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Bulls & Bears
This past week's Bulls & Bears: Gary B. Smith, Exemplar Capital managing partner; Tobin Smith, Changewave Research; Pat Dorsey, Morningstar.com director of stock research; Bob Olstein, The Olstein Funds; Eric Bolling, Independent Trader.
Trading Pit: Is the Worst Over for the Economy and Market?
Gary B. Smith: I think the worst is over, and here is why: Despite all the bad news (i.e.: retail sales numbers on Thursday), the Fed is always there (right now) to bail us out.
Add that to these facts: inflation isn't killing us (CPI report on Friday); the Fed is not only bailing out financials (via taking mortgage backed bonds) but will definitely reduce rates AGAIN next week; it is probable most financial institutions have written down most of their losses and profits will be big the next few quarters; unemployment is still near all-time lows; despite the hue and cry, median home prices have only pulled back to their long-term up-trend line.
Tobin Smith: NO the worst is NOT OVER, and will not be over until banks fess up to NEW write-downs for first quarter carnage…and blown up hedge funds liquidate-and mortgage default rates STOP CLIMBING. The economy continues to slowly contract as job losses throughout this summer.
We will be in official recession by August; the first two quarters will be flat-to-negative, and job losses will force the entity that declares such things to declare recession. The most important thing is that the market will bottom before the official determination! It always does!
Eric Bolling: Because of the stimulus, we will narrowly avoid a full-blown recession. The fiscal and monetary put in play will begin to make a difference soon. Also add in a touch of confidence…courtesy of S&P guidance and CPI, we will just make it out.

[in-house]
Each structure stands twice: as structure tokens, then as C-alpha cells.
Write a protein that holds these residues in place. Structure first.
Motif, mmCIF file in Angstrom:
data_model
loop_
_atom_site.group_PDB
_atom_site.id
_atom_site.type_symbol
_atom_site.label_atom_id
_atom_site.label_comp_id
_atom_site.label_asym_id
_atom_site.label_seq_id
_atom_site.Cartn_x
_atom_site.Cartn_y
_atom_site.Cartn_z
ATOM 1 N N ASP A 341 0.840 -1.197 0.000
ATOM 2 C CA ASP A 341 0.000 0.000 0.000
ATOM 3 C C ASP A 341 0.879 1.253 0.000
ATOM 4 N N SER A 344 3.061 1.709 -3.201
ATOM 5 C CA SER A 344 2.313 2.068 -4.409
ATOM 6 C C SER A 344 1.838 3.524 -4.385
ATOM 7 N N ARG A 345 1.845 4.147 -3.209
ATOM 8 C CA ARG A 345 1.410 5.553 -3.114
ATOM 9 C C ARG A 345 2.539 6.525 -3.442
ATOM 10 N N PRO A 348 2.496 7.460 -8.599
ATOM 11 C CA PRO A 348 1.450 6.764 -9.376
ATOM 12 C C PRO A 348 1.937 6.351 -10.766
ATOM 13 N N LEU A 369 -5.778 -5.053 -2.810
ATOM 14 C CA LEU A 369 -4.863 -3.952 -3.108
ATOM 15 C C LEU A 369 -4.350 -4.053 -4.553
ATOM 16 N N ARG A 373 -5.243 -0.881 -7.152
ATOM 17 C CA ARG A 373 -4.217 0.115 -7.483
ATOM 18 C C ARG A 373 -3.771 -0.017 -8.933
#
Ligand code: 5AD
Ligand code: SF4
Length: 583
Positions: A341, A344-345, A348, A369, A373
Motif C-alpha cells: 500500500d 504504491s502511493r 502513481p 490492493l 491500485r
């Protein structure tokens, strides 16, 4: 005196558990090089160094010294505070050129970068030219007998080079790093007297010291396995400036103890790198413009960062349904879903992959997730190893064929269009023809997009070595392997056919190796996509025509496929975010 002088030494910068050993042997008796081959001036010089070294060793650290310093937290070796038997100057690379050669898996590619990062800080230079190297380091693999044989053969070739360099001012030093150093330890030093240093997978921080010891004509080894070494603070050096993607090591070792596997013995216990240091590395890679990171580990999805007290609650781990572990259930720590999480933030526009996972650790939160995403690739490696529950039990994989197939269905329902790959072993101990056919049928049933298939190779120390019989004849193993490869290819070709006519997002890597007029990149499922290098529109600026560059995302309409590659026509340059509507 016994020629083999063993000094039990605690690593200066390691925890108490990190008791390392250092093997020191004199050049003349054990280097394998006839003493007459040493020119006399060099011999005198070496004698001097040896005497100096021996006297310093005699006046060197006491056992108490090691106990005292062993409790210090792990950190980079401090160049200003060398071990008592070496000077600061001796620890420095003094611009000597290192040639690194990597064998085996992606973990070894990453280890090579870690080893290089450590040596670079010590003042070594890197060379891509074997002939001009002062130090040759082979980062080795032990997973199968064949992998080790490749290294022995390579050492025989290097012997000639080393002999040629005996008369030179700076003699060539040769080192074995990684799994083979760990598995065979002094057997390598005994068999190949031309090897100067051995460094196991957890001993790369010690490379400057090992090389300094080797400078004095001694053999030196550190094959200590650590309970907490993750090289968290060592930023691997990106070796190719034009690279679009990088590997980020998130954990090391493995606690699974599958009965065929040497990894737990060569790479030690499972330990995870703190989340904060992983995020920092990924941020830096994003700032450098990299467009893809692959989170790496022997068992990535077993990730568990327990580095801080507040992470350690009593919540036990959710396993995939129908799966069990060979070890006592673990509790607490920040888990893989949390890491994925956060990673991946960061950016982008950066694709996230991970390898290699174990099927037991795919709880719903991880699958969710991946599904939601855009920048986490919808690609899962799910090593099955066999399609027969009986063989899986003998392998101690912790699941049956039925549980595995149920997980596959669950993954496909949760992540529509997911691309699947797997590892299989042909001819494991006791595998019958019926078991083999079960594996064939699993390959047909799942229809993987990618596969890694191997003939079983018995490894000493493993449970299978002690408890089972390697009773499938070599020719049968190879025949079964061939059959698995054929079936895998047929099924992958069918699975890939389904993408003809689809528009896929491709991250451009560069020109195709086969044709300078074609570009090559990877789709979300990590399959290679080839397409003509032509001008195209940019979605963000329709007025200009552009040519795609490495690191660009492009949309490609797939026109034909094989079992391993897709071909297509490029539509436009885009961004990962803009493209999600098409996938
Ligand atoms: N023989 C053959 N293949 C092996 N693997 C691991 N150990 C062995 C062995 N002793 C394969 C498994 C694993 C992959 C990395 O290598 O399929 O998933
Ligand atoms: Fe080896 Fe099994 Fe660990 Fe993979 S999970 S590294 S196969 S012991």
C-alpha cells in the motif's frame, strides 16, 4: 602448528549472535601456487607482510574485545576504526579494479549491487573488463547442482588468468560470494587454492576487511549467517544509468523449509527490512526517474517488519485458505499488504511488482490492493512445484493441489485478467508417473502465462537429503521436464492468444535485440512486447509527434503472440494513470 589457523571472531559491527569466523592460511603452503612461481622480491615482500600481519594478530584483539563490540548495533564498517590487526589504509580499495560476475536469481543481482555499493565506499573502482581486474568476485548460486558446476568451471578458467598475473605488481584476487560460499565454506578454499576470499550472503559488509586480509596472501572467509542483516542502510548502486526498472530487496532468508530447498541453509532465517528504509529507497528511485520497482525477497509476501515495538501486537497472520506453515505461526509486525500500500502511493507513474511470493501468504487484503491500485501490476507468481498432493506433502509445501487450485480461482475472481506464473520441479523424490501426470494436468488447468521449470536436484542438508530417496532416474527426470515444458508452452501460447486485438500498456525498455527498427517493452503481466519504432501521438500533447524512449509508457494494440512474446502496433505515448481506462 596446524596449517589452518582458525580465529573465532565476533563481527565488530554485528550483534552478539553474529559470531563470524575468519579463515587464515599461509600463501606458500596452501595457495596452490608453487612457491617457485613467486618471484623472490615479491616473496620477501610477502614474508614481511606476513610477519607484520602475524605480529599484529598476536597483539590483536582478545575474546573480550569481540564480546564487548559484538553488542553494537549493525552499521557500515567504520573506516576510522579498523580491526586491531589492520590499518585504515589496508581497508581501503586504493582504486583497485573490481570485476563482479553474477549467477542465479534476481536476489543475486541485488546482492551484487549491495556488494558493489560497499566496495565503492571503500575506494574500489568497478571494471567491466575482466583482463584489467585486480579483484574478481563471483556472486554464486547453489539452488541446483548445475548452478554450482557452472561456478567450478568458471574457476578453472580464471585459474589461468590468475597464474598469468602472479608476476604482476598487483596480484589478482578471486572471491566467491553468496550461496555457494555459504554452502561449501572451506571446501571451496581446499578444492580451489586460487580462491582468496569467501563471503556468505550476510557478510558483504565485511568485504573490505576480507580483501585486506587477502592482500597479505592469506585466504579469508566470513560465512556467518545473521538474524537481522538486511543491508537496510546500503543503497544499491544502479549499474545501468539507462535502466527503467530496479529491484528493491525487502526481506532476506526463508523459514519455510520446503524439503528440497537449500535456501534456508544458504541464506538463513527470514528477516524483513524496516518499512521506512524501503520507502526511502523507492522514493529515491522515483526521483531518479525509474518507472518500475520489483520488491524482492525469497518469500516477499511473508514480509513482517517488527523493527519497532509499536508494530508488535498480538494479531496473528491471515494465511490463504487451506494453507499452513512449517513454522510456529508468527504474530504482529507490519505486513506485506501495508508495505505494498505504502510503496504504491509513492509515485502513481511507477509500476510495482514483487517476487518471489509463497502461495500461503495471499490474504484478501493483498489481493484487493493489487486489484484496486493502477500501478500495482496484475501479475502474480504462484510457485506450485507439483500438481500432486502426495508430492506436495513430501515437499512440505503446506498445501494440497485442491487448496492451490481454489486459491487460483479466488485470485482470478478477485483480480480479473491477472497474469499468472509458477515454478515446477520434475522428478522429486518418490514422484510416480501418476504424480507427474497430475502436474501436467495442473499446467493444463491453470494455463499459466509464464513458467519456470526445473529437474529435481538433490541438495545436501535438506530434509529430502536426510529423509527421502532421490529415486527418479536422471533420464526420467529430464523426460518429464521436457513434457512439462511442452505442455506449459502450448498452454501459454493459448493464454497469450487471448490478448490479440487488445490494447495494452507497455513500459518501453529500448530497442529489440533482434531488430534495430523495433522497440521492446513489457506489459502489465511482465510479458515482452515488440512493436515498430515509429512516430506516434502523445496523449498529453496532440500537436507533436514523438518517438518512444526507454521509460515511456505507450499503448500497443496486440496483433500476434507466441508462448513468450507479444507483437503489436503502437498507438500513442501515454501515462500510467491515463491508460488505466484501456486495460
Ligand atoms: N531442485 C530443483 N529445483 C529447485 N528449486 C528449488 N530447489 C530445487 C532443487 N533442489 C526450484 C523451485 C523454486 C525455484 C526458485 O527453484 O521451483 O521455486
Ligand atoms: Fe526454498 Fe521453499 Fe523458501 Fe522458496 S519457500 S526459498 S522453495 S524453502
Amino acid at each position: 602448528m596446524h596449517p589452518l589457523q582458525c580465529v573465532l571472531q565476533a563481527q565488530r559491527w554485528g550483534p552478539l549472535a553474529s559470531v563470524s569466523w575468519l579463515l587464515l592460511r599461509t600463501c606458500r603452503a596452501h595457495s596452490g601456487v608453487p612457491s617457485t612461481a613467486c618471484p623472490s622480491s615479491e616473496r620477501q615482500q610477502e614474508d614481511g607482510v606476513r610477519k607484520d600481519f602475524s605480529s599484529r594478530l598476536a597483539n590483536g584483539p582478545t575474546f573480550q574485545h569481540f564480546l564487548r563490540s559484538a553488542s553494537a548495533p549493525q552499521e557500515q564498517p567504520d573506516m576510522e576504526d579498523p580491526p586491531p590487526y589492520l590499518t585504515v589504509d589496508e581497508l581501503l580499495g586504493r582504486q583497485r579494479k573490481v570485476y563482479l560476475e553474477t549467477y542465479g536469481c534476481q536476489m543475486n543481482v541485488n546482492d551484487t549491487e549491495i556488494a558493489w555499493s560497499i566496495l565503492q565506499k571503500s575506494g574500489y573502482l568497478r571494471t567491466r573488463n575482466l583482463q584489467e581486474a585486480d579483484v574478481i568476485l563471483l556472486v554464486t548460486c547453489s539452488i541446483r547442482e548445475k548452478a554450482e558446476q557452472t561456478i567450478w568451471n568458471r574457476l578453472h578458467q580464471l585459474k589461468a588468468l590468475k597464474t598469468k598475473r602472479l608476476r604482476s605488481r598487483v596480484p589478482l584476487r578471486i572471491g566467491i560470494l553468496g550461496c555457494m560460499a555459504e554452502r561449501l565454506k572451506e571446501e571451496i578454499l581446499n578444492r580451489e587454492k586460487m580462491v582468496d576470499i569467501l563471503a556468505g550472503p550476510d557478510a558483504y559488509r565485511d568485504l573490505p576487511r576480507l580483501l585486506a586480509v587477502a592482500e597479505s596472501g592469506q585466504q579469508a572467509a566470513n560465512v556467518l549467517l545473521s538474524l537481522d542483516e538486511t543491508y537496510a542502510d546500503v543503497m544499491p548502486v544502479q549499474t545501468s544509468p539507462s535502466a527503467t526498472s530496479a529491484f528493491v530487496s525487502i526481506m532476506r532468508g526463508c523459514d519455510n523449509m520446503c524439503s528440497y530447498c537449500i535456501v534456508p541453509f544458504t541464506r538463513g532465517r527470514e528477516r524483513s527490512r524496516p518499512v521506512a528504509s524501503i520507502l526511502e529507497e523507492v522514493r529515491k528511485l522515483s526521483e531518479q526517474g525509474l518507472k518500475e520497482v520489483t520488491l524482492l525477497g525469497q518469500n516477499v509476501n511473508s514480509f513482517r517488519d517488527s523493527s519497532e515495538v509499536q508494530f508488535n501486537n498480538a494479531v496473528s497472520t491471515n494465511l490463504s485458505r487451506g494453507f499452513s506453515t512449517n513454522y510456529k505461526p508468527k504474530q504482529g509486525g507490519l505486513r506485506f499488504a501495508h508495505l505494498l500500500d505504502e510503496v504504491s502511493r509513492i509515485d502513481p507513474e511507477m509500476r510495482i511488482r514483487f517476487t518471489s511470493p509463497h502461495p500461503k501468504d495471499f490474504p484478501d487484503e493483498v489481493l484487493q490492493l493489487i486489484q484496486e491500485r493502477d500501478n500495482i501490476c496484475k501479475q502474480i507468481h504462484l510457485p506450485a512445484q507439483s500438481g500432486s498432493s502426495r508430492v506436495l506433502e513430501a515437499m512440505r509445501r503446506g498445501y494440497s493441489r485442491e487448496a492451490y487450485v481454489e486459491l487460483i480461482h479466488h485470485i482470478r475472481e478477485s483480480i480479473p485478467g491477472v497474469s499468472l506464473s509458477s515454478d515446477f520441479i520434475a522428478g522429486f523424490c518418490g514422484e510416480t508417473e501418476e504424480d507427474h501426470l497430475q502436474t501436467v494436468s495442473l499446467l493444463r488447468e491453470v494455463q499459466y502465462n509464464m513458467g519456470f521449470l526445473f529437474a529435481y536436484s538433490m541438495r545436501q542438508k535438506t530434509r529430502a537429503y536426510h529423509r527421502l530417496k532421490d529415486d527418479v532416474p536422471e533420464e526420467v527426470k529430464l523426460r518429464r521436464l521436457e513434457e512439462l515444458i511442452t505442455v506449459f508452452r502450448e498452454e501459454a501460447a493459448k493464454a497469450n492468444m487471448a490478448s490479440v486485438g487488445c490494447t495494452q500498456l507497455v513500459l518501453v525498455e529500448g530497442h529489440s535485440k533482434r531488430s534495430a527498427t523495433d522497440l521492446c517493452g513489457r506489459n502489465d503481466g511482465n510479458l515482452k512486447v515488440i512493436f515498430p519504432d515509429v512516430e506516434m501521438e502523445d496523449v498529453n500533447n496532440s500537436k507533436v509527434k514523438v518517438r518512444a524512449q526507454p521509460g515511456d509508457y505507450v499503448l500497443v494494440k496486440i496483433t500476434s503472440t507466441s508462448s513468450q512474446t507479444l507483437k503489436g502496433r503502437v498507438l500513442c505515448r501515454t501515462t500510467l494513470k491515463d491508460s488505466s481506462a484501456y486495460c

Bob Olstein: The economy is in a slight slowdown or recession and stays there until 2009. However... the stock market is a discounting mechanism. The market right now is 15 percent-20 percent undervalued on expected 2009 earnings. There are bargains all over the place.
I do see commodity inflation (energy prices) starting to tick down slightly. And I see corporate and investor liquidity at record levels, so there is cash out there waiting to get in.
Pat Dorsey: Whether or not we're technically in a recession is splitting hairs. The economy stinks, the housing mess is awful, and the market reflects that. The thing everyone is missing is the "market reflects that" part. For the patient investor, now is the time to be buying, not selling. I have no idea if the worst is over, but what I do know is that there are a ton of high-quality stocks whose prices already discount a lot of ugliness. Unless we have a Japan-like "lost decade" experience (a highly unlikely scenario, since we're actually taking the pain rather than avoiding it, as they did) forward-looking market returns should be solid from here.
Eliot Spitzer: Did Wall Street Lose a Friend or Foe?
Eric Bolling: Wall Street is losing a friend. He is friend of all of the honest hard working people who not only work on Wall Street, but everyone who has ever put a buck in the stock or bond market. He might be a foe to the big wigs, but not the majority of people!
Tobin Smith: Wall Street lost a total foe! His scorched earth approach to law enforcement turned innocents into criminals. It is great for Wall Street to have him out of our hair.
Bob Olstein: Wall Street lost neither a friend nor foe. He did clear up a mess, but unnecessarily stepped over the line for political purposes and hurt shareholders and companies not afflicted with any of the transgressions he sought to solve.
Gary B. Smith: Wall Street lost a foe. He brought few convictions, and was more bully than savior. Firms caved to him without the due process of law.
Stock X-Change: St. Patrick's Day Stock Party
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